21 After saying these things, Jesus was troubled in his spirit, and testified, “Truly, truly, I say to you, one of you will betray me.” 22 The disciples looked at one another, uncertain of whom he spoke. 23 One of his disciples, whom Jesus loved, was reclining at table at Jesus’ side,[e] 24 so Simon Peter motioned to him to ask Jesus[f] of whom he was speaking. 25 So that disciple, leaning back against Jesus, said to him, “Lord, who is it?” 26 Jesus answered, “It is he to whom I will give this morsel of bread when I have dipped it.” So when he had dipped the morsel, he gave it to Judas, the son of Simon Iscariot. 27 Then after he had taken the morsel, Satan entered into him. Jesus said to him, “What you are going to do, do quickly.” 28 Now no one at the table knew why he said this to him. 29 Some thought that, because Judas had the moneybag, Jesus was telling him, “Buy what we need for the feast,” or that he should give something to the poor. 30 So, after receiving the morsel of bread, he immediately went out. And it was night.

A New Commandment

BLCF: love_glimpse_of_heaven

31 When he had gone out, Jesus said, “Now is the Son of Man glorified, and God is glorified in him. 32 If God is glorified in him, God will also glorify him in himself, and glorify him at once. 33 Little children, yet a little while I am with you. You will seek me, and just as I said to the Jews, so now I also say to you, ‘Where I am going you cannot come.’ 34 A new commandment I give to you, that you love one another: just as I have loved you, you also are to love one another. 35 By this all people will know that you are my disciples, if you have love for one another.”

Footnotes: a. John 13:10 Some manuscripts omit except for his feet b.John 13:10 The Greek c. words for you in this verse are plural d. John 13:16 Greek bondservant f. John 13:18 Greek But in order that the Scripture may be fulfilled g. John 13:23 Greek in the bosom of Jesus h. John 13:24 Greek lacks Jesus

In this passage of Scripture, the Lord sought to demonstrate the need for a humble perspective with respect to their relationship with God, “Do you understand what I have done to you? 13 You call me Teacher and Lord, and you are right, for so I am. 14 If I then, your Lord and Teacher, have washed your feet, you also ought to wash one another’s feet. 15 For I have given you an example, that you also should do just as I have done to you.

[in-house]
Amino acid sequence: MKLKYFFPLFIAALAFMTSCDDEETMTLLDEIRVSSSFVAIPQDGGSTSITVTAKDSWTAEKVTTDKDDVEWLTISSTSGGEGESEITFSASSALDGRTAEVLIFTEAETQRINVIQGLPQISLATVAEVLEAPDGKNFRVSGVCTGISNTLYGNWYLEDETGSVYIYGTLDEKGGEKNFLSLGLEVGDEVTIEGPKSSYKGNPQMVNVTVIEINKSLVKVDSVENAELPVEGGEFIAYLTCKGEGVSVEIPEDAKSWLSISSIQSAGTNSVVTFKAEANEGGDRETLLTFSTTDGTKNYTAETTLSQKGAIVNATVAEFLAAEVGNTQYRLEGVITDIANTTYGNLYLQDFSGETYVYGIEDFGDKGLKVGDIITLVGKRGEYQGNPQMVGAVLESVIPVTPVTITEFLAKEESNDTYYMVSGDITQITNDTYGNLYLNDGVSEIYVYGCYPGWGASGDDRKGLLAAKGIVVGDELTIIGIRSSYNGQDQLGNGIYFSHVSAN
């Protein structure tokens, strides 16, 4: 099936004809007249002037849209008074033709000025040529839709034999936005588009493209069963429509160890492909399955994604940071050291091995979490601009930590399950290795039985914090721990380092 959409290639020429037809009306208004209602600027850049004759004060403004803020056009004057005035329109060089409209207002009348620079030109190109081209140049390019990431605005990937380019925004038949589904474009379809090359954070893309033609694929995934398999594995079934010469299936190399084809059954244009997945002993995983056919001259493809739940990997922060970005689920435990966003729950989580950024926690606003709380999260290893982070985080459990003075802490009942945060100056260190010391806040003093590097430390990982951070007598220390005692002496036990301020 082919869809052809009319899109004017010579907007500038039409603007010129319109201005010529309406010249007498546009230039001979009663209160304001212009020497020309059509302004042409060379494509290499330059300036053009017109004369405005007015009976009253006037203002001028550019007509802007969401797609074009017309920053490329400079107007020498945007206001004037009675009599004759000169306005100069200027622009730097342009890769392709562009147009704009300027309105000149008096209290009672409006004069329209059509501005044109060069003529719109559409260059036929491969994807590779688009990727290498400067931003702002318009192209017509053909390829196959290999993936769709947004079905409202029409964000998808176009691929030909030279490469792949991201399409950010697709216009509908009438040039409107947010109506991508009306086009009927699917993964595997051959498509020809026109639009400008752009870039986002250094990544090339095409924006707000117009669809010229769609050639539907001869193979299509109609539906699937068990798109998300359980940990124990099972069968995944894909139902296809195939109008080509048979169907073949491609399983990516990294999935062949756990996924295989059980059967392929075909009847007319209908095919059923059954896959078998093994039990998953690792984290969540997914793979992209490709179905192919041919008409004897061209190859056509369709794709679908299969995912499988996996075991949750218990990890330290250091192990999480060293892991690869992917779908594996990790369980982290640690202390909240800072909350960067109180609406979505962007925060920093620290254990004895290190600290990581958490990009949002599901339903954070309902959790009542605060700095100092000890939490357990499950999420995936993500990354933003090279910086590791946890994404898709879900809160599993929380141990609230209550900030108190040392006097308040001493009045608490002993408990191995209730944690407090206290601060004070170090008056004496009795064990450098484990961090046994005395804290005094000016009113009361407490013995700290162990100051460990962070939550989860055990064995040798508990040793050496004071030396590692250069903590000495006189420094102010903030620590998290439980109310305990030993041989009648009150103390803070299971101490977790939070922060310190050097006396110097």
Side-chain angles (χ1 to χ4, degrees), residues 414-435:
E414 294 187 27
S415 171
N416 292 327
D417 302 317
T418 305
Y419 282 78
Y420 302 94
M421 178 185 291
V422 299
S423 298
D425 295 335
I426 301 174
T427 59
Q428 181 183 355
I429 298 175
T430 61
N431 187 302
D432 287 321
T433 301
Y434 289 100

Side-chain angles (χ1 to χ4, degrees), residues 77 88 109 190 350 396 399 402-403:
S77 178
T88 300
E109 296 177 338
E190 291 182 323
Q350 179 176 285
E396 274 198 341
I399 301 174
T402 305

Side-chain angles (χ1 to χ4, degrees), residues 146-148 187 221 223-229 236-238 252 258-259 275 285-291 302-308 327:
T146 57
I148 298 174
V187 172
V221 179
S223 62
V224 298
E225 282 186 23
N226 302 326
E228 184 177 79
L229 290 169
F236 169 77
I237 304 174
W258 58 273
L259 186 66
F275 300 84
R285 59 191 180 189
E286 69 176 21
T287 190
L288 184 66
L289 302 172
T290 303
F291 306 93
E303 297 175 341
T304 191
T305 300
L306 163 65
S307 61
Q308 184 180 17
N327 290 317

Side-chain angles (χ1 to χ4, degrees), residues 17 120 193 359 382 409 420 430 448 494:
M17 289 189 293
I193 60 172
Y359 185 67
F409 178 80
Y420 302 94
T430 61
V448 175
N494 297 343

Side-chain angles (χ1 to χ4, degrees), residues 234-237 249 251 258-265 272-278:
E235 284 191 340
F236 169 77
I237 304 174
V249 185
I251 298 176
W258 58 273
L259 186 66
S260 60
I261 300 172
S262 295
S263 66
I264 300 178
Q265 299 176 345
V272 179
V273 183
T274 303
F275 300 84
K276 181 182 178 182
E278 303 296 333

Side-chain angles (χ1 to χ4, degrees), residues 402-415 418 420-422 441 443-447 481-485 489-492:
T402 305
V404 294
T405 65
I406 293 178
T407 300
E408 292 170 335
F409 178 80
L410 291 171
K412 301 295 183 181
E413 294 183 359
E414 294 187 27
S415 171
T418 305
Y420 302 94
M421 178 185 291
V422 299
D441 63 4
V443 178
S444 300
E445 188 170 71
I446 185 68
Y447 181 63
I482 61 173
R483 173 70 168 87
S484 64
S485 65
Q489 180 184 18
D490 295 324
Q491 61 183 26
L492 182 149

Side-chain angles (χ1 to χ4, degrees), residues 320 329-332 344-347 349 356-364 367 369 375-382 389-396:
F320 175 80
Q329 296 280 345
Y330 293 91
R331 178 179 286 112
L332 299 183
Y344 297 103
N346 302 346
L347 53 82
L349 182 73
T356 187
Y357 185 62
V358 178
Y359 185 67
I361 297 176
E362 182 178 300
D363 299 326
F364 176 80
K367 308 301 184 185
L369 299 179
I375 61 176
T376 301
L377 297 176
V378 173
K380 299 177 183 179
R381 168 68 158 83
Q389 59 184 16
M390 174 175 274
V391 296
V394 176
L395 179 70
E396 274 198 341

The message of the Gospel of Christ should be delivered to others with the same humility as a servant washing their master’s feet. This would be the same humility that the Lord demonstrated by traveling to Jerusalem on the back of a donkey, not riding a mighty steed or being on chauffeured on a chariot. It was through humble self-sacrifice, that Jesus allowed himself to be crucified in place of all sinners. He died for our sins that we may live through him. The disciples did not understand this as we read in John 12:16:

16 His disciples did not understand these things at first, but when Jesus was glorified, then they remembered that these things had been written about him and had been done to him.

When Peter asks the Lord “Why did he wash his feet, we see the reply in John 13:7:

 7 Jesus answered him, “What I am doing you do not understand now, but afterward you will understand.”

And just as the Passover celebrates God’s judgment of death passing over the faithful, making them innocent of that judgment, this last supper was the first communion to celebrate the fact that through the Lord’s sacrifice on our behalf, God’s judgment for our sins passes over us, to His glory. Christ gave the first bread to Judas Iscariot, who was taken over by the spirit of Satan and then betray our Lord. Then our Lord instructed the remaining disciples to observe communion in remembrance of his sacrifice, until the day that he returns.

The glorification of our Lord did not occur at the time of his crucifixion, or at his resurrection, or even when he ascended to heaven. The glorification of Jesus took place in the Upper Room, immediately after Judas left to betray the Lord.

For it was after Judas Iscariot leaves the Upper Room, to betray the Lord that a chain of events is put into effect resulting in the arrest, condemnation, and death of Jesus. This marks the glorification, of both: God, the father and his son, Jesus, Who with the Spirit are one, as we read in John 13, beginning with verse 31:

A New Commandment

BLCF: faith hope and love

31 When he had gone out, Jesus said, “Now is the Son of Man glorified, and God is glorified in him. 32 If God is glorified in him, God will also glorify him in himself, and glorify him at once. 33 Little children, yet a little while I am with you. You will seek me, and just as I said to the Jews, so now I also say to you, ‘Where I am going you cannot come.’ 34 A new commandment I give to you, that you love one another: just as I have loved you, you also are to love one another. 35 By this all people will know that you are my disciples, if you have love for one another.”

As followers of Jesus, along with the disciples, we are instructed to love others in the same manner that the Lord loved us: sacrificially and humbly, so that we may demonstrate our confidence to his reply to our cry of Hosanna!

Let us pray…

BLCF: happypalmsunday

Hymn #63: All Hail the Power of Jesus’ Name 

Benediction (Philippians 4:23): The grace of the Lord Jesus Christ be with your spirit.

BLCF: Palm Sunday